What is the difference between Cost Plus versus a Fixed Price?
When it comes to building your home, there are many decisions to be made. One that can be a little ambiguous is the cost versus fixed price question.
What makes the most sense for you and your situation?
A few definitions:
Cost: The exact cost to purchase a product or service from the trade partner or supplier.
Plus: The percentage that you will pay the builder for their experience, knowledge, and service to coordinate the build of your home or project.
Contingency: a provision or amount set aside for an unforeseen event or circumstance.
Admin Fee: This is usually a fixed rate that the builder or contractor charges for service above and beyond the “Plus percentage.” If a builder has an estimator, site superintendent, designer, etc. on staff, they will not get a direct invoice per job for the service and will lump this cost into an admin fee to cover their costs.
Fixed Price: The contract price on the agreement does not change unless agreed upon and signed for.
What to expect for Cost Plus Percentages
In the Calgary building industry, cost plus percentages can range anywhere from cost plus 12% to cost plus 25%. A typical amount is a cost plus 15%. If it’s less than 15% expect an admin fee, or look further into the actual cost.
Things to watch out for
Some contractors and builders inflate their costs to make it look like they are more than they are. This is unfortunate. The best way is to determine this if you are going the cost plus route is to compare costs with other builders trade partners and suppliers to confirm numbers are comparable.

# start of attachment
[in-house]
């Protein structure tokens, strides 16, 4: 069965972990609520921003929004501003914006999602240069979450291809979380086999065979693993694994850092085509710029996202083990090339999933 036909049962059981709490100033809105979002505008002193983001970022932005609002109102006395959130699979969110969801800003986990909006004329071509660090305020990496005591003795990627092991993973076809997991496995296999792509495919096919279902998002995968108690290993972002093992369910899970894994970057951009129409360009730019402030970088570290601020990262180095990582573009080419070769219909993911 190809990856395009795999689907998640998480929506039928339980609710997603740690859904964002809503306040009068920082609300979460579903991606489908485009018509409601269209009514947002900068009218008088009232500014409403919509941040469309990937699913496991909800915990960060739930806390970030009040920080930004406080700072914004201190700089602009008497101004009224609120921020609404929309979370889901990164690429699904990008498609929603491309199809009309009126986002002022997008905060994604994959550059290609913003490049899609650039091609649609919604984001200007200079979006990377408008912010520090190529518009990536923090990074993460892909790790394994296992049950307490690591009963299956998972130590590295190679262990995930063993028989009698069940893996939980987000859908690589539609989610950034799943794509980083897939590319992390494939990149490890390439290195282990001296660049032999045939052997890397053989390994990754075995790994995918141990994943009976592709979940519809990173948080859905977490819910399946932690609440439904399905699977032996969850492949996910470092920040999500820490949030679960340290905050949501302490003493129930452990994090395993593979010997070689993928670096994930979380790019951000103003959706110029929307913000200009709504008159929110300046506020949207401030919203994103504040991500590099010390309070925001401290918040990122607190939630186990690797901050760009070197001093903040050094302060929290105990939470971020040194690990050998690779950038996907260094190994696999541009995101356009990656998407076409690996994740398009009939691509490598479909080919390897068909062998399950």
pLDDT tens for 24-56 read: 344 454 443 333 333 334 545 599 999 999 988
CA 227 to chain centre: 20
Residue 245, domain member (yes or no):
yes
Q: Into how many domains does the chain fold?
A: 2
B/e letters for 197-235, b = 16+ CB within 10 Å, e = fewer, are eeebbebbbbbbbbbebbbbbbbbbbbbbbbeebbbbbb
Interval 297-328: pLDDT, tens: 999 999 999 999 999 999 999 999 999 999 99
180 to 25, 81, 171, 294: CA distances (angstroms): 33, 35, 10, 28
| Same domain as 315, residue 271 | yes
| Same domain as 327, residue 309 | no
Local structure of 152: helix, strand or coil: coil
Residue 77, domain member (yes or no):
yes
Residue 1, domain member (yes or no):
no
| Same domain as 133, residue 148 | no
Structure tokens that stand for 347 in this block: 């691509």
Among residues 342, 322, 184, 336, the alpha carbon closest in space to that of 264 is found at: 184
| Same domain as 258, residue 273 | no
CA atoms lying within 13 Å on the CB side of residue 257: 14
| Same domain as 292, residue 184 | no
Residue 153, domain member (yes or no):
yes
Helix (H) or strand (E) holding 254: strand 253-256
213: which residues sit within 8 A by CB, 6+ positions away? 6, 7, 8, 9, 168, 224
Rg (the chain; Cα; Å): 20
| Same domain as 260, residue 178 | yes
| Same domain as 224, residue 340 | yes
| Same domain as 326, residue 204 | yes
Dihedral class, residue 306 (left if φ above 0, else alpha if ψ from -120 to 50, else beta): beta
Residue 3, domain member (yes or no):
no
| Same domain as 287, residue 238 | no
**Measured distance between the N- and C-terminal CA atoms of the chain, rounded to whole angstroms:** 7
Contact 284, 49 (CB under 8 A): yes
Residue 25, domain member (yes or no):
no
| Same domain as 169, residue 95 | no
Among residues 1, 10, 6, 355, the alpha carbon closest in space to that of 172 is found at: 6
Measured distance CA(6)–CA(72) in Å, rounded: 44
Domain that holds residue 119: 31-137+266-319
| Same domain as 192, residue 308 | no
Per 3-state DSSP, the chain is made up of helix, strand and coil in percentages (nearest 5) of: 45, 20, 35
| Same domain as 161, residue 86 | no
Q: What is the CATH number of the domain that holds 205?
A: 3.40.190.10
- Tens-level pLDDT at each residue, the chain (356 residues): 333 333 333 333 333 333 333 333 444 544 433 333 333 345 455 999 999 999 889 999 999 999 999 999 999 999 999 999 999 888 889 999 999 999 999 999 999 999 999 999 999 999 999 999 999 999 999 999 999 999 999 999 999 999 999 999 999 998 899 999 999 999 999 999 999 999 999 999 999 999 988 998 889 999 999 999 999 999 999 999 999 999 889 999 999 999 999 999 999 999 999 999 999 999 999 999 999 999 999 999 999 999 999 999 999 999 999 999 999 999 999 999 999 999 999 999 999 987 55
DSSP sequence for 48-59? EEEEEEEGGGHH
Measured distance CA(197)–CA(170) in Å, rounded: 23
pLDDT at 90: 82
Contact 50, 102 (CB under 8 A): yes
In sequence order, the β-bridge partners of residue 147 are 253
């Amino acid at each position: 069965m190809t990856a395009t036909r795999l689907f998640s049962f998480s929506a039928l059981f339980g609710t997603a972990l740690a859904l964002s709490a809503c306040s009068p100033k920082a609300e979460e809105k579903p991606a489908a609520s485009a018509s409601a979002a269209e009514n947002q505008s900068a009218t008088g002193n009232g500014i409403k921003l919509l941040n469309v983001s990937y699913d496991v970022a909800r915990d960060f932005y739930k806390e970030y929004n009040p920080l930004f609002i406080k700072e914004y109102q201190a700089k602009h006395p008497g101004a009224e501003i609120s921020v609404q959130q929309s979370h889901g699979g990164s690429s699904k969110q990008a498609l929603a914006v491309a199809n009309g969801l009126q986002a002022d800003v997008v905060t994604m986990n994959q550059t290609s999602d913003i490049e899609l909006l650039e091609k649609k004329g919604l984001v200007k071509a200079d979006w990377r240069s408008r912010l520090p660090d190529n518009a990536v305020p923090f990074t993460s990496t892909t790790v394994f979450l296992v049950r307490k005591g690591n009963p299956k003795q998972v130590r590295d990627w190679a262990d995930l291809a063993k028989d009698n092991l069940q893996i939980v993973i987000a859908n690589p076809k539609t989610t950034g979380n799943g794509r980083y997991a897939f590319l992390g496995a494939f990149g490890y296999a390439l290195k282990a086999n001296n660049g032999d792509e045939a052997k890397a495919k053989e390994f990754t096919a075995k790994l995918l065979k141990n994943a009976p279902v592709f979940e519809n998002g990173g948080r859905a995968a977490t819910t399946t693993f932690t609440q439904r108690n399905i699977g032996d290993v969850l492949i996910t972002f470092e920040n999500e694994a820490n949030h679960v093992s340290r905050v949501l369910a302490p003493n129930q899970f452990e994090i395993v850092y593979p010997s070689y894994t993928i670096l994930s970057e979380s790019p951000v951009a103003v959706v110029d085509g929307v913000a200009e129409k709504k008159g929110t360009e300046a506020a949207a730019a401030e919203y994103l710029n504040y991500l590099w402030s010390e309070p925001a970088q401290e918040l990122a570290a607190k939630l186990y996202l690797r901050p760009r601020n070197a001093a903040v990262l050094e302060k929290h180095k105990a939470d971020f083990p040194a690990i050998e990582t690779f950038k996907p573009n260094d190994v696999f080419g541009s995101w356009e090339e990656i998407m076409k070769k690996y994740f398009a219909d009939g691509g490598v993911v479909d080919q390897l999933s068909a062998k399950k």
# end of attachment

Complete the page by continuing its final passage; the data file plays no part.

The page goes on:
Who takes the risk is the main difference between cost plus and fixed price.
With a cost-plus, you as the client are taking the risk if any unforeseen costs emerge. For example, if lumber or drywall increase before you have locked in your price, you would be on the hook for that expense. On the other hand, if costs we to go down, you reap the savings. This is a great option if you feel confident in a stable pricing market and your site or lot does not have any possibility of unforeseen costs.
With a fixed price, the builder takes the risk. If drywall goes up, the builder would be on the hook to cover the cost as your price will stay the same from the day you sign the contract. The builder will typically add in a small contingency to protect themselves. The benefit of a fixed price is you have certainty in the exact cost of your new home and can plan for your future with more clarity.
Still confused about the difference?
Or want us to price compare your builder’s numbers? Send us a message, we would love to help: email@example.com